Centre for Research through Design
The Materials Project
The Africa Materials Project is a cross-faculty knowledge exchange programme that utilises Kingston University’s design and business expertise to develop equal and sustainable partnerships with African creative organisations - the aim is to develop and test a project methodology that focuses on mutual knowledge exchange, not charity, with a focus on making and materials. The Materials Project vision is to raise the profile of African research in the university and to ensure as many Kingston students and staff as possible experience a project about African creativity and the mutual benefits of working in partnership.
WOLA NANI: Papier Maché
As one of South Africa’s best known NGOs Wola Nani has developed an income generation initiative through the global appeal and success of their paper bowls that now provides employment for over 40 HIV positive craftswomen. This project developed new ideas and directions for products and manufacturing techniques celebrating the craft workers’ skill and the ad hoc simplicity of the original paper bowls. Taking their current making process as the starting point, the project explores the qualities and properties of paper to develop new and innovative lighting designs.
Wola Nani representatives travelled to Kingston University to participate in presentations and workshops for the purpose of introducing the work of the charity and to develop a brief around its product development needs. Further to this, the University’s team were able to visit Cape Town to further interrogate first-hand the elements affecting the product development brief. The team visited crafters in their homes to witness the circumstances under which the products were made, as well as visiting retail outlets to further understand the market in which Wola Nani operates. The final outcome, the ‘Wilson Pendant Lamp’, was showcased at TENT London in September 2010. Made from pressed paper and designed to have a low production impact, the product is creative, sustainable, appropriate and sympathetic to the market as well as to the manufacturing context.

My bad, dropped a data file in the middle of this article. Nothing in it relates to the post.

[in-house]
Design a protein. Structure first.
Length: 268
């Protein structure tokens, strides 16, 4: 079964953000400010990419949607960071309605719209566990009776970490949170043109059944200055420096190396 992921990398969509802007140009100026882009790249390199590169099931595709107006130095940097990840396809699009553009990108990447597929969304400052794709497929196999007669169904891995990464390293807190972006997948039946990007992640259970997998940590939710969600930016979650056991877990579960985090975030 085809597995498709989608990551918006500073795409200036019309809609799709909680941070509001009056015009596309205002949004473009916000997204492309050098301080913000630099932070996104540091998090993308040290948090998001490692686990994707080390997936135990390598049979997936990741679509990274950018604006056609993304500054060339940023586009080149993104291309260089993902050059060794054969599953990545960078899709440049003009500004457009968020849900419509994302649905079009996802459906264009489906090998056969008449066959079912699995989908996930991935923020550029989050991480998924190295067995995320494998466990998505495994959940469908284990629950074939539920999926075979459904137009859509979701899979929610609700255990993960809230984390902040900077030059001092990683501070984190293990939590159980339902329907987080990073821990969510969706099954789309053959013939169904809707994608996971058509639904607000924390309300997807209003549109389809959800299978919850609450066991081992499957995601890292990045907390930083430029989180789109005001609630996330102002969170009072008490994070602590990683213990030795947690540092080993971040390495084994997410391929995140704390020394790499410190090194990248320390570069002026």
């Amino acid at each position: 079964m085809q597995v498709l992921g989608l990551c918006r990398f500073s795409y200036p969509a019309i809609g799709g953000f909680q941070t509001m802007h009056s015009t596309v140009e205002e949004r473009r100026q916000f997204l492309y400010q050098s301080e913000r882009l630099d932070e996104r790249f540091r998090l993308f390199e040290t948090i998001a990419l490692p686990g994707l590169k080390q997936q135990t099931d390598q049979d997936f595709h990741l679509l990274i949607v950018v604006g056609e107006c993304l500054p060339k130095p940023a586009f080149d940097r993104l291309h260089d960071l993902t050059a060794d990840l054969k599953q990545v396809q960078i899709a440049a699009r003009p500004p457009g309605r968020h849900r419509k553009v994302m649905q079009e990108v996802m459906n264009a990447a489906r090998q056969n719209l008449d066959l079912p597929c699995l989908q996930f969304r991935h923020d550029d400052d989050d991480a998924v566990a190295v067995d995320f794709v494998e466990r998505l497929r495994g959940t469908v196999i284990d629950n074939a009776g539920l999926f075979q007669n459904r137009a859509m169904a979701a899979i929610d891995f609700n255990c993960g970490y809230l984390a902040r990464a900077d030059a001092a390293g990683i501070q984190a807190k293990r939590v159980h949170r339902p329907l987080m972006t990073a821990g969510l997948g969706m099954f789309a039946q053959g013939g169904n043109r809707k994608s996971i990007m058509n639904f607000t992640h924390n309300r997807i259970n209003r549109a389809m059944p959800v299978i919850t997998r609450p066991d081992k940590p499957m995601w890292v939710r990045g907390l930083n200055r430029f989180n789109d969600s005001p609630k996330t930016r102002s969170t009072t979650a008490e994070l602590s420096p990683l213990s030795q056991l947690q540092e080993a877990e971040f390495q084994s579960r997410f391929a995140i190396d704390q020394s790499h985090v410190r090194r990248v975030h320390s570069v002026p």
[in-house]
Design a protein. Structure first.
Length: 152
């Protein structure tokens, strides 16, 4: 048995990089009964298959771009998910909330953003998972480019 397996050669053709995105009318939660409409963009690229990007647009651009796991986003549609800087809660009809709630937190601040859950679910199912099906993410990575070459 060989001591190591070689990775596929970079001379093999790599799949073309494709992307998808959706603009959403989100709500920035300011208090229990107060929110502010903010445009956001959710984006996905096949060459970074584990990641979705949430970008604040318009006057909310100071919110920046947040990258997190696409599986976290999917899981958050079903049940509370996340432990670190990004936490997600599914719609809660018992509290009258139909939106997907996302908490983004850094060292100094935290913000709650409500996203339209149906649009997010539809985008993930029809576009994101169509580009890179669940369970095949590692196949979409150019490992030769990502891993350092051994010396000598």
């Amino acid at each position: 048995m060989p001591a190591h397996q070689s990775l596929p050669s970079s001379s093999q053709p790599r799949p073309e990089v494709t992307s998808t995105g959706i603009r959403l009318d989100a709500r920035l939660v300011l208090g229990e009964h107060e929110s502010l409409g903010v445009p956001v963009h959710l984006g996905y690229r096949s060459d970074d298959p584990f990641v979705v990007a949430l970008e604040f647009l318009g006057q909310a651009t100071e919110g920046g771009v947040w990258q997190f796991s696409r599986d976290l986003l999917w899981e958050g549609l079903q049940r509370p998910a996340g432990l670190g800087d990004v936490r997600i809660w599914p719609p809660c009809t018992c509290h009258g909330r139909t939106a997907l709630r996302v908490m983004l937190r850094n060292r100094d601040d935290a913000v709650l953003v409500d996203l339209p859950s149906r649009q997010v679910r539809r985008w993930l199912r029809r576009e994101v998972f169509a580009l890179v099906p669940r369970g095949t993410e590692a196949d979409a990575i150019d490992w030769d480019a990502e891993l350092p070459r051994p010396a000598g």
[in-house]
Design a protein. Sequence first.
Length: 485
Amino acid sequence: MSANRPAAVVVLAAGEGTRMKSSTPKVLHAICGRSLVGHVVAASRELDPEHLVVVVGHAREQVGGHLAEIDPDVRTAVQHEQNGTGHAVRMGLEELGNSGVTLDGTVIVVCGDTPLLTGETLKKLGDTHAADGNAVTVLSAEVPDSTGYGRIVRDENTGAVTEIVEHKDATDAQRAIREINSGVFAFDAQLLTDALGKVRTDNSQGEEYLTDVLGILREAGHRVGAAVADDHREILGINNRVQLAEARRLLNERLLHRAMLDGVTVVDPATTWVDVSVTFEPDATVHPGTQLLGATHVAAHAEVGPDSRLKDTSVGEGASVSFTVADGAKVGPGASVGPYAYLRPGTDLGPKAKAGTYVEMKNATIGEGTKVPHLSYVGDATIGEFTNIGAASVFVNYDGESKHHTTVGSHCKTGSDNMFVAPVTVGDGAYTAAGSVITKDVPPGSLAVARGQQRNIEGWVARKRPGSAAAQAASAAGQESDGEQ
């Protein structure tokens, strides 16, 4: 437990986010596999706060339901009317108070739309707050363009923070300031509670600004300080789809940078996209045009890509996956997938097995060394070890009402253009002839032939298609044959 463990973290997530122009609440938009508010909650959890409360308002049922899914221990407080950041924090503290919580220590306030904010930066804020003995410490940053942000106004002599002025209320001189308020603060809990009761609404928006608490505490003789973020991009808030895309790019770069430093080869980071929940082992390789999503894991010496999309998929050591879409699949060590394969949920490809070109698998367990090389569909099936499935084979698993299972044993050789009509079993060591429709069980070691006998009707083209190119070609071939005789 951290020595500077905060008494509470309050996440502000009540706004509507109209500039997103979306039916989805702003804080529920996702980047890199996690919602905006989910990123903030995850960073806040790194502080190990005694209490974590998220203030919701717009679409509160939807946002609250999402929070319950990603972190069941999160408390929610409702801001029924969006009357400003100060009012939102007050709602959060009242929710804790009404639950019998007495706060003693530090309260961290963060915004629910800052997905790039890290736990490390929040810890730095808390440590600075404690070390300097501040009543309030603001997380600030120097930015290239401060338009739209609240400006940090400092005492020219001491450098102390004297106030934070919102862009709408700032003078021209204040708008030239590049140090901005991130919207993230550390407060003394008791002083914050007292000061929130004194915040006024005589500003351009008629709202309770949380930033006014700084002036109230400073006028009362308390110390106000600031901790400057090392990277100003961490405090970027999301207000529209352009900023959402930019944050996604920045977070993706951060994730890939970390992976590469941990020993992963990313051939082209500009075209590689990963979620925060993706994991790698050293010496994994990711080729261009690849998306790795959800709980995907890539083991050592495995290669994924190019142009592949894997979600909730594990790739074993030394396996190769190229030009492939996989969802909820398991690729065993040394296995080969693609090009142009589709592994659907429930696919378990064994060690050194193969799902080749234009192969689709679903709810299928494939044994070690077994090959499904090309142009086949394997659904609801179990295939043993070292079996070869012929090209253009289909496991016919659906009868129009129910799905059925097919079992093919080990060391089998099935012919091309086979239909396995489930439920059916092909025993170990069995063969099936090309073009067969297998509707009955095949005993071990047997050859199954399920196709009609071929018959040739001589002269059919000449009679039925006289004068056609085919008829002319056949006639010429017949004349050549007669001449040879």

Wola Nani’s manager Ryan Rode summed up the project:
"The Wola Nani Kingston project is conceptually a tremendous project, which is able to combine the resources and knowledge of Kingston University through the collective creative efforts of its students with the design support crucial to the craft project’s survival and growth."
LUPANE WOMEN’S CENTRE: Zimbabwe Basket Making
The current Zimbabwe: Basket Making Brief collaborates with the Lupane Women’s Centre near Bulawayo. The principle partner, The New Basket Workshop, is an initiative supported by the Ford Foundation and started by South African entrepreneurs Binky Newman and Frances Potter. TNBW supports basket weavers in Zimbabwe through design innovation and market development, with the aim of increasing direct access to cash income by linking contemporary woven products to local, regional and international markets. By employing design-led product and innovation it seeks to extend market linkages ruined by economic and political turmoil. It has found limited markets for baskets in Anthropologie and Conran shops in Europe and the United States. In addition to Ford Foundation funding, The New Basket Workshop has also received support from the Alliance Française in Zimbabwe, resulting in two exhibitions at the National Galleries in Bulawayo and Harare respectively.
The Materials Project is working in partnership with the British Council offices in Harare and London
The British Council's commitment to developing sustainable creative economies includes increasing direct access to income for Zimbabwe's creative practitioners by linking them to regional and international markets. The British Council's Creative and Cultural Economy global programme also encourages the employment of design-led product innovation and the international exchange of ideas and skills, the outcomes of which will advance more sustainable business models and, more broadly, the profile and cross-sectoral potential of Zimbabwe’s creative entrepreneurs.